TWO photographic artists are working towards turning their enterprise into a sustainable business by hosting creative workshops on everything from Kids’ Messy Sessions, Growing Your Own Herbs, Documentary Photography, Creative Quilting and Home Brewing.
Based in the Lord Mayor’s Pavilion in Fitzgerald’s Park, Louise Maher and Naomi Smith run Cork Photo, which started as a photography festival in 2014.
Up to last year, there has been a festival every year since its inception but it has now become a biennial event with the next one taking place in April 2018, focusing on emerging photographers both from Ireland and abroad.
In the meantime, as well as organising the workshops, Louise and Naomi are holding regular exhibitions, showcasing emerging and mid-career photographic artists.
The latest exhibition, featuring the work of Finnish artist, Noora-Mari Pelkonen, opened this week (April 6). It promises to be a fascinating exhibition. Noora-Mari has travelled around Karelia, which straddles the southern half of the Finnish-Russian border. It was surrendered to Russia under the Moscow Peace Treaty of 1940.
Noora-Mari’s ancestors lived in the heart of Karelia. When 400,000 people were forced to leave their homes there at short notice, a culture was torn apart. Karelia was for a long time a place that embodied the Finnish national spirit, its natural beauty and traditions of singing, folk tales and mythologies.
Noora-Mari’s photographs of the lost homeland “are very poetic, very calm and painterly with rich colours as well as subdued ones conveying the turmoil,” says Louise.
She and Naomi came across Noora-Mari through Source, a Belfast-based photographic magazine which has a graduate section described by Louise as a kind of archive of all the work that is being produced by each university in the UK and Ireland.
“Our exhibitions look at photography in a broad sense, anything from archives to multimedia, incorporating sound and more traditional types of approach.”
Louise was born in Cork but brought up in America until she was 16. After returning to Carrigaline to, she went on to complete the photography course at St John’s College. She studied at Edinburgh College of Art and did her Masters’ degree at Brighton University, graduating in 2011.
“I was very interested in photography from the age of about 12. When I was at school in Florida, we were introduced to the dark room for developing photos. It was great to have that exposure at such a young age. It is something that has always stayed with me.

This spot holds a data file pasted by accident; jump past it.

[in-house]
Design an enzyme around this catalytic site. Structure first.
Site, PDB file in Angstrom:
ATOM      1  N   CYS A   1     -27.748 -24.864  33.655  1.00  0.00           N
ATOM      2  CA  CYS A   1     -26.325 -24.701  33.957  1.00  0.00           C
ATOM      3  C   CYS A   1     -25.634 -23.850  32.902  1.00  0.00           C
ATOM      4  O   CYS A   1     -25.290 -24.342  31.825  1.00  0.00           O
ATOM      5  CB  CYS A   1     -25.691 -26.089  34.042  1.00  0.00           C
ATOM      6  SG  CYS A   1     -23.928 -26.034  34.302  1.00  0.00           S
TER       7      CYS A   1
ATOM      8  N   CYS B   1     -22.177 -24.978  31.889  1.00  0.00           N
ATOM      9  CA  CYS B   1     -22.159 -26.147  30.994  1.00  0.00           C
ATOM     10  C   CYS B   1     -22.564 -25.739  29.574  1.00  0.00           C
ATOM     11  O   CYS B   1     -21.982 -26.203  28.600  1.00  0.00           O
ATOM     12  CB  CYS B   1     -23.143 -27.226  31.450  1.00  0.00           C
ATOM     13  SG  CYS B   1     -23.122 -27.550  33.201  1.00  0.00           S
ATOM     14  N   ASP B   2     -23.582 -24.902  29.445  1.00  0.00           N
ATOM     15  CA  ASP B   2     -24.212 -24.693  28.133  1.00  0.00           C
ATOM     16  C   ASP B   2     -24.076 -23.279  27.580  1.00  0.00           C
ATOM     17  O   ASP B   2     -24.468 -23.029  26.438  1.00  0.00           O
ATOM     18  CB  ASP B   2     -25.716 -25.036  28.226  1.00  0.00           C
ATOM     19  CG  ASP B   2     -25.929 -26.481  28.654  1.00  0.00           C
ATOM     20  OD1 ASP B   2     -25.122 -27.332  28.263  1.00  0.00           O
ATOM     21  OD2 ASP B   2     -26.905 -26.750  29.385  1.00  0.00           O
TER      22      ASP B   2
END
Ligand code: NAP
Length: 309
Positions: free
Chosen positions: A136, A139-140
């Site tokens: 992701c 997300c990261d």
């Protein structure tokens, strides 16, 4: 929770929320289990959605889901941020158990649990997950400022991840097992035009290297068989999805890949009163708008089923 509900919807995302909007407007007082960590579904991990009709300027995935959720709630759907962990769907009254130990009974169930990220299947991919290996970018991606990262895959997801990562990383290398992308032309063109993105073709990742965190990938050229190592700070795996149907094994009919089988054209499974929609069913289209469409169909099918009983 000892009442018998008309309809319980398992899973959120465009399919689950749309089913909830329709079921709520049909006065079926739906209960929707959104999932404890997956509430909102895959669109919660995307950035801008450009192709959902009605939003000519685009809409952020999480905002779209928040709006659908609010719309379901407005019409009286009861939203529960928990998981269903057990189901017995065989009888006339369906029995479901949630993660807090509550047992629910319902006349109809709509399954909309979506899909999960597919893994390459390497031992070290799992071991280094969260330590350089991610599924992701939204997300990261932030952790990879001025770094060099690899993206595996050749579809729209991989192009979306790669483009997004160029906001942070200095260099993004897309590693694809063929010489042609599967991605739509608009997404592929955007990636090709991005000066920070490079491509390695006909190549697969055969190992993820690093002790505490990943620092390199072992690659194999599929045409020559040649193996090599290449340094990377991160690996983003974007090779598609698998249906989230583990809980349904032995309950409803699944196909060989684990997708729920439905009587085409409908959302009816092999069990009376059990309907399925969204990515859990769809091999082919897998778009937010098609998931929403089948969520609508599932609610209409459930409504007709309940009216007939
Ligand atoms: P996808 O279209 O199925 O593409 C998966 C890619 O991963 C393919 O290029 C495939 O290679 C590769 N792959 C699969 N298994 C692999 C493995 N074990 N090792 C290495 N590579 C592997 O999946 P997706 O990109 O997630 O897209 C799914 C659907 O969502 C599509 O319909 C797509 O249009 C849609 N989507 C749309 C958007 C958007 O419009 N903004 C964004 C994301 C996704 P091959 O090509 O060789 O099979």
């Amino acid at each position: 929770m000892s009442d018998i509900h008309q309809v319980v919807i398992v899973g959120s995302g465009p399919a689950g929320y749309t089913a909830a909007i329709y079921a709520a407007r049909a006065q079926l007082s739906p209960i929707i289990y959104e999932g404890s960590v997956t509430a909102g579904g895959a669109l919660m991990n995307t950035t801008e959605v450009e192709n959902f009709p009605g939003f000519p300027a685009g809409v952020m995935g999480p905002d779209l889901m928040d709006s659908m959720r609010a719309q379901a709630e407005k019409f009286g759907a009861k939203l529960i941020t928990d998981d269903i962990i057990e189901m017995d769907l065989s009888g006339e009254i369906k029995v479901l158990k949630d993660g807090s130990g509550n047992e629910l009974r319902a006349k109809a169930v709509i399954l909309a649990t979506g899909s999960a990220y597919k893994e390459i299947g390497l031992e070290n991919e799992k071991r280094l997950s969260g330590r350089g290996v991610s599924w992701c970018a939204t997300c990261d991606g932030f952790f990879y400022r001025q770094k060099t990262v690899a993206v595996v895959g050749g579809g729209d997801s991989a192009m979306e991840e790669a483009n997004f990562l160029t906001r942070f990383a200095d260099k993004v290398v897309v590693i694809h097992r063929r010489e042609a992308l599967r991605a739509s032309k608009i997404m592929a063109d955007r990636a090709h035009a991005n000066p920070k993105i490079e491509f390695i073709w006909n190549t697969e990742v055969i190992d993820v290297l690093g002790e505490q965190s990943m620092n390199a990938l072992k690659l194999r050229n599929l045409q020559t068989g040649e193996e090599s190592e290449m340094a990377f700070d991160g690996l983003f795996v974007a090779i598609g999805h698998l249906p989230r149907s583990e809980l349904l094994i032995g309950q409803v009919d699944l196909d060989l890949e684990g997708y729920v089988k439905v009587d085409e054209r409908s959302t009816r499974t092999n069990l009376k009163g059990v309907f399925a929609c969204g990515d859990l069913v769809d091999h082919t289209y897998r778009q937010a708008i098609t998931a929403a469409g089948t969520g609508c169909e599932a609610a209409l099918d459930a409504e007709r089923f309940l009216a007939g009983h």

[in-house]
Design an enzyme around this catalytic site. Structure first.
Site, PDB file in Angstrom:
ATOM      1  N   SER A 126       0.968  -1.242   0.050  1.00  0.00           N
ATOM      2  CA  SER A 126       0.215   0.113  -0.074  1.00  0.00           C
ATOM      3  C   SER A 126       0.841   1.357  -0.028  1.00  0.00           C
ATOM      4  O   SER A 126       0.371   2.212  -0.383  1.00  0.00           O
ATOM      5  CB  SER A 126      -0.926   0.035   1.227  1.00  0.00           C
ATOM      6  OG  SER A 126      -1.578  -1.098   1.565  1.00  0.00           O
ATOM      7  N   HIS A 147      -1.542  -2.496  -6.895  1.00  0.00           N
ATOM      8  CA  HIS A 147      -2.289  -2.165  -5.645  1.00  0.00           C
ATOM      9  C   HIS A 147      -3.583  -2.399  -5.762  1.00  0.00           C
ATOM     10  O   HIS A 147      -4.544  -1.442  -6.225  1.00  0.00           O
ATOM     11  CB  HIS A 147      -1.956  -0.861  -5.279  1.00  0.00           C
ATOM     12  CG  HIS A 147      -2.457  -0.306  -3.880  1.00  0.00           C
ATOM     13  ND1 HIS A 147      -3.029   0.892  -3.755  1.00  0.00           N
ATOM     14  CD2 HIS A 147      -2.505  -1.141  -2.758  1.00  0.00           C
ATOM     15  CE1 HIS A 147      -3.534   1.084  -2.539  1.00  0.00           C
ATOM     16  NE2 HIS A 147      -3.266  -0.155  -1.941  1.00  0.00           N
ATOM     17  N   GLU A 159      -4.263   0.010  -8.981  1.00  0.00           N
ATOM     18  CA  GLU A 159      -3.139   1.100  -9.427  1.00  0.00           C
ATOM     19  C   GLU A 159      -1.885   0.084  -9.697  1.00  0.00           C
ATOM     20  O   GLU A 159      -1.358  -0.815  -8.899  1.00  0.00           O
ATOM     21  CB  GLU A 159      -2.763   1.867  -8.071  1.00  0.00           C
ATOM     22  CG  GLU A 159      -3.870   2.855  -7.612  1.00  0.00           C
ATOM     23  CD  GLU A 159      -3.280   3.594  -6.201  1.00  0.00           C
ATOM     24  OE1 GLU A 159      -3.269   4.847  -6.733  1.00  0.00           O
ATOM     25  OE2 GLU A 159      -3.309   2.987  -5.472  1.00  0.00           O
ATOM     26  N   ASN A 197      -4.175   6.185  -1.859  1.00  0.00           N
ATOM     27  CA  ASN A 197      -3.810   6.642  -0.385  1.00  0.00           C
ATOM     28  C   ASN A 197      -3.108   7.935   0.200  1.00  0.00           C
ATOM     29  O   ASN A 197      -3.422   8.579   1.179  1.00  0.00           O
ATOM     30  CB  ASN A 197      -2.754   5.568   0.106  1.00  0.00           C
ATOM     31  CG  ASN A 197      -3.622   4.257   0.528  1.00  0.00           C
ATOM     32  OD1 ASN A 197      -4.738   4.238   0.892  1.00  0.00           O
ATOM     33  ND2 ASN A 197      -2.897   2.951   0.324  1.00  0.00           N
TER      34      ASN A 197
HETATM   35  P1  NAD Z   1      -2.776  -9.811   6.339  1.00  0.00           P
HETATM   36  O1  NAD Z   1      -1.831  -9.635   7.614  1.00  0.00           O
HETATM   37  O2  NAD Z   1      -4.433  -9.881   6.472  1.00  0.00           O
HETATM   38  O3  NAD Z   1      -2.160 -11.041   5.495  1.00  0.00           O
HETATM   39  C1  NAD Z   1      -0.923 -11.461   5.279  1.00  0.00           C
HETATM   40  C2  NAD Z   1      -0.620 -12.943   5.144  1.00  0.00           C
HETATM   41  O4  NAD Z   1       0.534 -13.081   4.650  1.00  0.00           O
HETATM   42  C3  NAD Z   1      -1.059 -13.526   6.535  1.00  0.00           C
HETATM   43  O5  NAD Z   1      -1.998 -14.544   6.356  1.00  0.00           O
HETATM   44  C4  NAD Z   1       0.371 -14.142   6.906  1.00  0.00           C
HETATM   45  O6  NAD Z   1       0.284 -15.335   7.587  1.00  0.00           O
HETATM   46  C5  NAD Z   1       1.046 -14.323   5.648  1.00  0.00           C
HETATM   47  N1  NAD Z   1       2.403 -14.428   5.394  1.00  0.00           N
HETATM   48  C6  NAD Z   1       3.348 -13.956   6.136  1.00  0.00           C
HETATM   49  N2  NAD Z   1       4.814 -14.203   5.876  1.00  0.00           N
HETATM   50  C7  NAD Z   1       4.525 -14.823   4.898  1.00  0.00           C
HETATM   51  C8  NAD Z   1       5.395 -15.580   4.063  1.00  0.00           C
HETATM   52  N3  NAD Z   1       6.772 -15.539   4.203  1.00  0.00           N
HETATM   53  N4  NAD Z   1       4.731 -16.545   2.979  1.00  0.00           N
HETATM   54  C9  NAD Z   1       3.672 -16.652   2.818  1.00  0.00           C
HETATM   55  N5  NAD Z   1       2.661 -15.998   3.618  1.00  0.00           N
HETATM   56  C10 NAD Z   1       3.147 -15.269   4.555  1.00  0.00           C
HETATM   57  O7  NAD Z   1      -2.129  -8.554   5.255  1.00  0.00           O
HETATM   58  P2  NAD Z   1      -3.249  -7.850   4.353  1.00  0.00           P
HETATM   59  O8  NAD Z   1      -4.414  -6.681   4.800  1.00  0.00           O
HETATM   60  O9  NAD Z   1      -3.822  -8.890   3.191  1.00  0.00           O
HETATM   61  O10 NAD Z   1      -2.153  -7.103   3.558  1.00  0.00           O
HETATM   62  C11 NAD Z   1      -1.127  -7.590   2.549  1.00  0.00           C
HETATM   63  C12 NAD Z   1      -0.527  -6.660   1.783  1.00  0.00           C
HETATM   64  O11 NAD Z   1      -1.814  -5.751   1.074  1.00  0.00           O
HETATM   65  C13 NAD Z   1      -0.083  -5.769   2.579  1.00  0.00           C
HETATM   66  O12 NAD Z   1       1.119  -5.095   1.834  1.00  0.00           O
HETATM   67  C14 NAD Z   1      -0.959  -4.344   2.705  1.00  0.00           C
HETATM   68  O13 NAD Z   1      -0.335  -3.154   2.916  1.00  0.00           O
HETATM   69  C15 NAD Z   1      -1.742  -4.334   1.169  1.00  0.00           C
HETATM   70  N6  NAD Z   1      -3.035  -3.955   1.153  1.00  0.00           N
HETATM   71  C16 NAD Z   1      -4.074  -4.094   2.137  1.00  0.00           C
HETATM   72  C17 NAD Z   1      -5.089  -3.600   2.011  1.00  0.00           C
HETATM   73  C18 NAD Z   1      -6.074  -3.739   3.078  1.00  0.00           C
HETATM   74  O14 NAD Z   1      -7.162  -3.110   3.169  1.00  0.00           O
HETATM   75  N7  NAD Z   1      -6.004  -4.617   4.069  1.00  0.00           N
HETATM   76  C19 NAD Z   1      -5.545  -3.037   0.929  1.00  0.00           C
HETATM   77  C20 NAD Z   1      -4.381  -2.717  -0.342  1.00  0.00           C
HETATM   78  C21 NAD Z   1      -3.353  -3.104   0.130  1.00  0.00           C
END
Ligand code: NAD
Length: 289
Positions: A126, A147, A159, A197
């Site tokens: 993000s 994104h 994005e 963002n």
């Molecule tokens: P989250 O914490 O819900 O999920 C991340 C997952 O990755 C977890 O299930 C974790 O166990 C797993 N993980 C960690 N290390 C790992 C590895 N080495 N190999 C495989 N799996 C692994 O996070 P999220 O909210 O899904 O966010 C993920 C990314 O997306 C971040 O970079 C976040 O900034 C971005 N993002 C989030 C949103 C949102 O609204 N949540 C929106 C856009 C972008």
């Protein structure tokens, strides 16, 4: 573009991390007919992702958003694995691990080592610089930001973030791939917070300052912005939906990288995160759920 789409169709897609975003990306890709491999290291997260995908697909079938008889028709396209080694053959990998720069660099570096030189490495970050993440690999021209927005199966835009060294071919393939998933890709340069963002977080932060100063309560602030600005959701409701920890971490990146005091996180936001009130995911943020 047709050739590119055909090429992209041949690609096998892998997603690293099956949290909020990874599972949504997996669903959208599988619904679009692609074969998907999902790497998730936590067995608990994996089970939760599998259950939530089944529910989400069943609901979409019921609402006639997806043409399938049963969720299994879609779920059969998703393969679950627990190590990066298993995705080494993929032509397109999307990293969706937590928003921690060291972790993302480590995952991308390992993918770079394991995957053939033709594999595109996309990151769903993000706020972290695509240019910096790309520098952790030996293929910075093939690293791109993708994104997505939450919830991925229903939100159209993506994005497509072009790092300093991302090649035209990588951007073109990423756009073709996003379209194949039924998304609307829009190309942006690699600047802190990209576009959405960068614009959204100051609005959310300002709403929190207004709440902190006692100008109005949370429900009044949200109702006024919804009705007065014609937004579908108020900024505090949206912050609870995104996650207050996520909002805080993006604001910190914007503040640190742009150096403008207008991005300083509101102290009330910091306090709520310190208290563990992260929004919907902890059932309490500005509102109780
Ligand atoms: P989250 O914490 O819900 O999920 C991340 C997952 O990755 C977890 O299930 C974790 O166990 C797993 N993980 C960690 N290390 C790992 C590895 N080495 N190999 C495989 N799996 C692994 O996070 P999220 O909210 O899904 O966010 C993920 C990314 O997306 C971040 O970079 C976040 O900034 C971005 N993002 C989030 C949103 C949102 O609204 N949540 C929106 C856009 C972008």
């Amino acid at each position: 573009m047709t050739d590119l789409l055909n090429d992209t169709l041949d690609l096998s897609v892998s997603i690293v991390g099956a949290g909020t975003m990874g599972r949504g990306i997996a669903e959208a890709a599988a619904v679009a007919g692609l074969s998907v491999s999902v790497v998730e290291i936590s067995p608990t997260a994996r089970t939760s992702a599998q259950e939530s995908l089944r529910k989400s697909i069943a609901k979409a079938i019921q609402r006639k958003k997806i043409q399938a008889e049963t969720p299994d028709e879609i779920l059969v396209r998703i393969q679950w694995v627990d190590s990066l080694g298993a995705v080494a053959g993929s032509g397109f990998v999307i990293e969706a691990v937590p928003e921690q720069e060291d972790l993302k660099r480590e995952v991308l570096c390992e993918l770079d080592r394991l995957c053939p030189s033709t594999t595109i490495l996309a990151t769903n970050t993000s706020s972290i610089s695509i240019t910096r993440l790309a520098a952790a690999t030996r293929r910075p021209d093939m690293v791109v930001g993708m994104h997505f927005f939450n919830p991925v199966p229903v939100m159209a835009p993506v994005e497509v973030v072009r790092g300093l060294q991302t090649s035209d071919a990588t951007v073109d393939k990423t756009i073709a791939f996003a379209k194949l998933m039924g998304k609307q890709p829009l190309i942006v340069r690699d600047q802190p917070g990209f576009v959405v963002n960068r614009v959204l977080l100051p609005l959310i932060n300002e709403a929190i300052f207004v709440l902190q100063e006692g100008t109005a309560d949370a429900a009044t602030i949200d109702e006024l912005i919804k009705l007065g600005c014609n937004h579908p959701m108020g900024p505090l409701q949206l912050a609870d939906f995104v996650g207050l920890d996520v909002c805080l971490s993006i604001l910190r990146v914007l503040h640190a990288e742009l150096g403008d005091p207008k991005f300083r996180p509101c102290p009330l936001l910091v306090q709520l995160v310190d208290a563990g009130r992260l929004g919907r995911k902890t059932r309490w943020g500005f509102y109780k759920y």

“Funnily enough, the school I was going to in Crosshaven had a dark room, which was such a fluke. My tutor, Fiona Kelly, was very encouraging.”
Curious about photography, Louise explored the medium from different angles. “Some people don’t pay attention to how expressive photography actually is. They keep on talking about the mechanical aspect of it.
“I was lucky to get to Edinburgh College of Art where there was a new kind of genre of photography. I then stepped back and mixed it all together. I found Brighton University very inspirational as well and very freeing.”
As well as doing photographic portraits, Louise likes to walk around her immediate environment for images.
“It’s all about slowing down and realising you are in a special moment. You don’t have to go off to distant places to be inspired.”
With smartphones, isn’t everyone a photographer these days? Louise doesn’t agree.
“Just because you have a phone with a camera doesn’t mean you’re a photographer. I think what is interesting is how photo journalism in particular has changed. It’s so instant. By being present, events can be documented as they’re happening. But I suppose that kind of photography is less reflective. But there’s a place for everything.”
As for photo-shopping, Louise says there’s nothing new about manipulating photographs.
“It used to be done in dark rooms. Now, new technology is used to manipulate images. People forget that kind of history is there. It might not be acknowledged as photography but it’s always been there in the art world.”
Naomi Smith is originally from the Isle of Man and settled in Cork “because of a man I met”. She studied photography on the Isle of Man and was introduced to the dark room.
“I loved studying the ins and outs of photography, all that practical side of it. My grandfather was a photographer for Top of the Pops. So there was all this material that I always wanted to find.”
Naomi, who also spent time studying in Spain, ran a community dark room at Camden Palace for a few years.
“I’m interested in the community side of photography, bringing projects together like our photography festival and working in the gallery. I like being a catalyst for bringing other artists together and making things happen.
“I’m excited about where Louise and I have got. We started off basically sitting down with our ideas. We made a proposal for the Lord Mayor’s Pavilion space when it came up for tender and the festival feels like a natural progression from that. It’s a beautiful little space.
“We’re really pleased to get the support from City Council. We continue to look for funding. Our creative workshop programme is an endeavour to generate an income stream.”
With their eye on opportunities, this photographic duo is clearly going places.
For more see www.corkphoto.com for more